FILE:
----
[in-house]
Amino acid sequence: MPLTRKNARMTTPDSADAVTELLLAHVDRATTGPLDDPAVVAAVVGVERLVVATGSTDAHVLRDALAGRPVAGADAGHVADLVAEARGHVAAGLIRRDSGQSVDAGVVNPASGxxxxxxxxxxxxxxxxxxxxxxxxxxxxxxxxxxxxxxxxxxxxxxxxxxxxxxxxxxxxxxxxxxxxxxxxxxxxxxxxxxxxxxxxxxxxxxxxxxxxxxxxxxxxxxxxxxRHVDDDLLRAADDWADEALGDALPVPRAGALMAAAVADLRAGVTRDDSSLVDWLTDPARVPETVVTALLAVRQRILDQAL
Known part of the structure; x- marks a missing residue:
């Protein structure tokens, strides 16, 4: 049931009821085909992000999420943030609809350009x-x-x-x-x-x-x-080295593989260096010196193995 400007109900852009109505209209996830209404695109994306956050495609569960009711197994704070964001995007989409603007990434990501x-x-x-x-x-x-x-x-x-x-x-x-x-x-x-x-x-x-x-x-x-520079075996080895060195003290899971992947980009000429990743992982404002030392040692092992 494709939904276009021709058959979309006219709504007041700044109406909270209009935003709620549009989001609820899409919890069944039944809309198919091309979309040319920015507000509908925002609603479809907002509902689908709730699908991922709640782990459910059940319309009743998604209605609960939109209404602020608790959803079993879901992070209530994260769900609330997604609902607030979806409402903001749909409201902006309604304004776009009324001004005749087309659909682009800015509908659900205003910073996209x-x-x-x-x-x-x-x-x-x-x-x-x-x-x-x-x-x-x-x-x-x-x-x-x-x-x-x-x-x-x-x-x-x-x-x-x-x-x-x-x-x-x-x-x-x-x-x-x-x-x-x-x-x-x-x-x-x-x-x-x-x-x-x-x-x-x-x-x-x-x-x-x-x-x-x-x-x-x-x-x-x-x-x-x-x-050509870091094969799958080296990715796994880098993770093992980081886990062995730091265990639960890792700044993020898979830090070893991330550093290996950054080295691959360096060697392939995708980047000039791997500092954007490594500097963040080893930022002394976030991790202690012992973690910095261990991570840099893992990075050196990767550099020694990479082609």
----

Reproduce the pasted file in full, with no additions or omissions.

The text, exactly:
[in-house]
Amino acid sequence: MPLTRKNARMTTPDSADAVTELLLAHVDRATTGPLDDPAVVAAVVGVERLVVATGSTDAHVLRDALAGRPVAGADAGHVADLVAEARGHVAAGLIRRDSGQSVDAGVVNPASGxxxxxxxxxxxxxxxxxxxxxxxxxxxxxxxxxxxxxxxxxxxxxxxxxxxxxxxxxxxxxxxxxxxxxxxxxxxxxxxxxxxxxxxxxxxxxxxxxxxxxxxxxxxxxxxxxxRHVDDDLLRAADDWADEALGDALPVPRAGALMAAAVADLRAGVTRDDSSLVDWLTDPARVPETVVTALLAVRQRILDQAL
Known part of the structure; x- marks a missing residue:
């Protein structure tokens, strides 16, 4: 049931009821085909992000999420943030609809350009x-x-x-x-x-x-x-080295593989260096010196193995 400007109900852009109505209209996830209404695109994306956050495609569960009711197994704070964001995007989409603007990434990501x-x-x-x-x-x-x-x-x-x-x-x-x-x-x-x-x-x-x-x-x-520079075996080895060195003290899971992947980009000429990743992982404002030392040692092992 494709939904276009021709058959979309006219709504007041700044109406909270209009935003709620549009989001609820899409919890069944039944809309198919091309979309040319920015507000509908925002609603479809907002509902689908709730699908991922709640782990459910059940319309009743998604209605609960939109209404602020608790959803079993879901992070209530994260769900609330997604609902607030979806409402903001749909409201902006309604304004776009009324001004005749087309659909682009800015509908659900205003910073996209x-x-x-x-x-x-x-x-x-x-x-x-x-x-x-x-x-x-x-x-x-x-x-x-x-x-x-x-x-x-x-x-x-x-x-x-x-x-x-x-x-x-x-x-x-x-x-x-x-x-x-x-x-x-x-x-x-x-x-x-x-x-x-x-x-x-x-x-x-x-x-x-x-x-x-x-x-x-x-x-x-x-x-x-x-x-050509870091094969799958080296990715796994880098993770093992980081886990062995730091265990639960890792700044993020898979830090070893991330550093290996950054080295691959360096060697392939995708980047000039791997500092954007490594500097963040080893930022002394976030991790202690012992973690910095261990991570840099893992990075050196990767550099020694990479082609």